The Psychology of Motivation (part 1)

Even when you want to get something done, motivation can be hard to come by. No matter how much you might want that passing EPPP score, completing what is on your study schedule just doesn’t sound appealing sometimes. The good news is that when motivation is lacking there are ways to get it back.

Expectation and Value

Recently we discussed Dan Gilbert’s equation to explain why we make bad decisions. The equation, Expected Value = (Odds of Gain) x (Value of Gain) says that the value we expect in something is determined by our perception of the odds of our gain multiplied by our perception of the value of our gain. As explained in our previous article:

“Expected value is altered when we have underestimated the odds of future gain (such as the gain that getting out of bed right away will bring us) and have overestimated the value of present pleasure (such as the pleasure that pushing the snooze button will bring us in the next ten minutes). The reason we overestimate the odds of future gain and underestimate the value of present pleasure is because space is to size (the farther away something is, the less clear it becomes) how time is to value (the farther away a goal is, the more difficult it is for us to accurately estimate the value of present decisions to help us reach that goal).”

The Newnan Academic Advising Center at the University of Michigan published an article called How Can I Get Motivated? and expands on the same idea as Gilbert’s.

  “Two things contribute to your motivation for any task: what you expect from yourself and what value you place on achieving a goal. The key to motivation is understanding that you have the power to change both your expectations of yourself and the value placed on a task.”

By knowing that you have the power to change expected value, you can begin to pinpoint how you are miscalculating the odds and value of gain and therefore change your expected value.

When it comes to studying for the EPPP, we might underestimate the odds of future gain, such as completing the day’s EPPP study session, and we might overestimate the value of present pleasure, such as succumbing to a distraction. When we understand the gain that completing study sessions will bring us and place a lesser value on present distractions, we can find the key to motivation. Looking back on your study habits and honestly pointing out where you can re-strategize is the beginning of making successful study habits and being motivated to study. When you look back you can discover what is keeping motivation at bay.

Find out what is blocking motivation

Understanding when and where you experience a lack of motivation is a good start to changing the expected value of studying. The next time you experience a lack of motivation, take a look at the time of day, your location, and what you have done so far that day. Perhaps it is your study schedule that needs rearranging.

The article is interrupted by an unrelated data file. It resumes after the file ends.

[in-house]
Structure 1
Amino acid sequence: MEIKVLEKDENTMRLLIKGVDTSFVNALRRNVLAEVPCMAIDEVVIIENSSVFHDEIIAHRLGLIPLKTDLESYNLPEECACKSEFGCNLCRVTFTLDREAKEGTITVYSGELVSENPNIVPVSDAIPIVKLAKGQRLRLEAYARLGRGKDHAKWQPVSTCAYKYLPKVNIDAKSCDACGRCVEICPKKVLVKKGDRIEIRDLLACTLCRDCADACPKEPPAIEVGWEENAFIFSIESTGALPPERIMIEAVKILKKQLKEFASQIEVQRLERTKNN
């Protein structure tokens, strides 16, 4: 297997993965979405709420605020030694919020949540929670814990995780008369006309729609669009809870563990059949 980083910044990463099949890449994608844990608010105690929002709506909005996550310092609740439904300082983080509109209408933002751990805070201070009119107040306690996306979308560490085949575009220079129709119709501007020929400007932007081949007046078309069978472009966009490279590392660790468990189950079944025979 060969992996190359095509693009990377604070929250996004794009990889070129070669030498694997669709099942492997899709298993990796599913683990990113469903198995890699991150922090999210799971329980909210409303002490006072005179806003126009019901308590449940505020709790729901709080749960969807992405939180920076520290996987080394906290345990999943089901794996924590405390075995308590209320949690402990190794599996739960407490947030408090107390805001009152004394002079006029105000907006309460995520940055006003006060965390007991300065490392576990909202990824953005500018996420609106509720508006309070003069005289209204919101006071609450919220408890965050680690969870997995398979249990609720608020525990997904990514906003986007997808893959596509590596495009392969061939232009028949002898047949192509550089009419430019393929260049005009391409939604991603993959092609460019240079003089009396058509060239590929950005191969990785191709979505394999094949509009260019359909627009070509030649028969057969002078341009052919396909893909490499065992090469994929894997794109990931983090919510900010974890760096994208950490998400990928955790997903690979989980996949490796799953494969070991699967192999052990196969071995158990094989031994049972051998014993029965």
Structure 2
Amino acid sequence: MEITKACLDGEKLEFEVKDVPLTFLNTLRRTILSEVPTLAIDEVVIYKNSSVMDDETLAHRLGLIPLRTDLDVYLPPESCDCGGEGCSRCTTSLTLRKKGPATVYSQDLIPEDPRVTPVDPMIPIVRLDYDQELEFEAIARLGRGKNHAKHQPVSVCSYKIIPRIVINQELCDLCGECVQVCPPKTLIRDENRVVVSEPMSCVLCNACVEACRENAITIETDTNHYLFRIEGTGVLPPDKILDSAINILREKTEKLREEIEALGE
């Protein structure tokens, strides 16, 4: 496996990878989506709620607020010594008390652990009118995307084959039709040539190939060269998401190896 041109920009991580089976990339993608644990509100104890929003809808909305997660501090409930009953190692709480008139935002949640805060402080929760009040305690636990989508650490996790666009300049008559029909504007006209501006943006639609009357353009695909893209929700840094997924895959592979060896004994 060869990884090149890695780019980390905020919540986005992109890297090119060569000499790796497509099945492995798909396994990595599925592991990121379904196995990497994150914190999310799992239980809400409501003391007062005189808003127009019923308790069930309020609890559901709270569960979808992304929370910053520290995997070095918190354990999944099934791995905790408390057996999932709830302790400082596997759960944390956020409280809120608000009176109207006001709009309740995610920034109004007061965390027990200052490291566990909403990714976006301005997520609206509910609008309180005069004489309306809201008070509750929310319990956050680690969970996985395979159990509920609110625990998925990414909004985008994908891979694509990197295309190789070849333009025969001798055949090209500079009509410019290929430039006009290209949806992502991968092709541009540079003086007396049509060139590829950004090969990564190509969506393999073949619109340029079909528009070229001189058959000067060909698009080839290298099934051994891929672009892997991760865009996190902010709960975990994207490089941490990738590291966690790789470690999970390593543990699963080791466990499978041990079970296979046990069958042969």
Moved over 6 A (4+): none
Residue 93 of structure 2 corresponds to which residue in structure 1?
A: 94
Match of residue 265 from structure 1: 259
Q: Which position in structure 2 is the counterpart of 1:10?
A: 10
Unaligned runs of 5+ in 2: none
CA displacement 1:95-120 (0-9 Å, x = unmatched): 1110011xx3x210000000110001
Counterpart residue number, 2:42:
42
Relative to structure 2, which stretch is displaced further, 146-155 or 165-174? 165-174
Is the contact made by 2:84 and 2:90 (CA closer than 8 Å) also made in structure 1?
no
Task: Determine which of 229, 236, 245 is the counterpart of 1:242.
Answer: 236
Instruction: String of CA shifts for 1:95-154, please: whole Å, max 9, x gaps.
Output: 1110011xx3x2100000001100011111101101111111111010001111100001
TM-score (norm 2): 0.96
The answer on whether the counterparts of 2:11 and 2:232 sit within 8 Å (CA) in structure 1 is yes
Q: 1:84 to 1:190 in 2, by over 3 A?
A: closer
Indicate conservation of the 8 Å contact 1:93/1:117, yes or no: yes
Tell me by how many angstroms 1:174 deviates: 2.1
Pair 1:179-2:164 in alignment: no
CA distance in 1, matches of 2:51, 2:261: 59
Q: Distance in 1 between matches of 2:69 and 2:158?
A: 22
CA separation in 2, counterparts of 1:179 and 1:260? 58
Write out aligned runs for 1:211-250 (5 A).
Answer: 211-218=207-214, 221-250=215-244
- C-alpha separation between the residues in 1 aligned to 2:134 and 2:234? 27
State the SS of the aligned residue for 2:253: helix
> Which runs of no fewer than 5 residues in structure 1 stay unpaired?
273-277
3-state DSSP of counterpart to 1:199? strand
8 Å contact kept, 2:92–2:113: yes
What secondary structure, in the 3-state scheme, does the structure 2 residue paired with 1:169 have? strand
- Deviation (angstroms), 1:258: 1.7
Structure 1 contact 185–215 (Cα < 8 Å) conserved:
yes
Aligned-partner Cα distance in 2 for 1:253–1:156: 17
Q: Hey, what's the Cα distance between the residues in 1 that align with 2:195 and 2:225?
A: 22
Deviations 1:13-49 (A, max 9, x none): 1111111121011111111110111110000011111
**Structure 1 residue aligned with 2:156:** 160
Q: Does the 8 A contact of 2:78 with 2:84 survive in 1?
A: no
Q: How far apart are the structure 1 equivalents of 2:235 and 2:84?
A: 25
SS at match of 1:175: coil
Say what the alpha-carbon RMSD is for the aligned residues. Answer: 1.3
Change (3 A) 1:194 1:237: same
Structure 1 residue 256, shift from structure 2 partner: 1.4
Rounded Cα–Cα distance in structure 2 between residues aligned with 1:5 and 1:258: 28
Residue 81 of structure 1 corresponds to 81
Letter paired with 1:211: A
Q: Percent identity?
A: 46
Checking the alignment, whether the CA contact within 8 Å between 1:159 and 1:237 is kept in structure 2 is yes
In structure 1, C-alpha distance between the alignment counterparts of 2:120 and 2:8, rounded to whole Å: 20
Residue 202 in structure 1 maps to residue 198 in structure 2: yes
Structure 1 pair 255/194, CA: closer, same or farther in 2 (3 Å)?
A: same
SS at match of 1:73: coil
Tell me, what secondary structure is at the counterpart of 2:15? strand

For example, if you experience a lack of motivation in the morning and notice that you regularly go to bed late, perhaps more motivation would come if you went to bed earlier and had more energy to wake up earlier. Or maybe you are studying in an environment of distractions. Whether it is social media, social outings, or video games, it can be difficult to be motivated when you are surrounded by things that make it easy to put off doing work. Furthermore, maybe you are waiting until the end of the day to study. This could coincide with going to bed earlier and getting enough rest to wake up and study. By getting your study session done in the morning, the rest of your day is cleared to say yes to some invitations that would otherwise become over-valued distractions.

Sometimes, though, we can find that a lack of motivation is unavoidable in a given setting. This is where we can evaluate how to motivate ourselves in different settings with different given tasks.

For instance, let’s say that studying during the evening is unavoidable and you are consistently tempted with invitation to leave your studies and go out with friends. Look beyond what it is that is distracting you and look into the kind of studying that it is distracting you from. Perhaps you are constantly ignoring practice tests when you study in the evenings. If this is the case, consider other times to take practice tests and fill that valuable evening time with a different method of study such as flash cards. You might find yourself motivated to get through the flash cards and meet up with your friends later as opposed to looking at the harrowing task of completing a practice test in a short timeframe and skipping out on the practice test altogether. Being purposeful with your time and leaving room to get certain things done will leave you with the motivation to complete tasks at hand.


Further Reading

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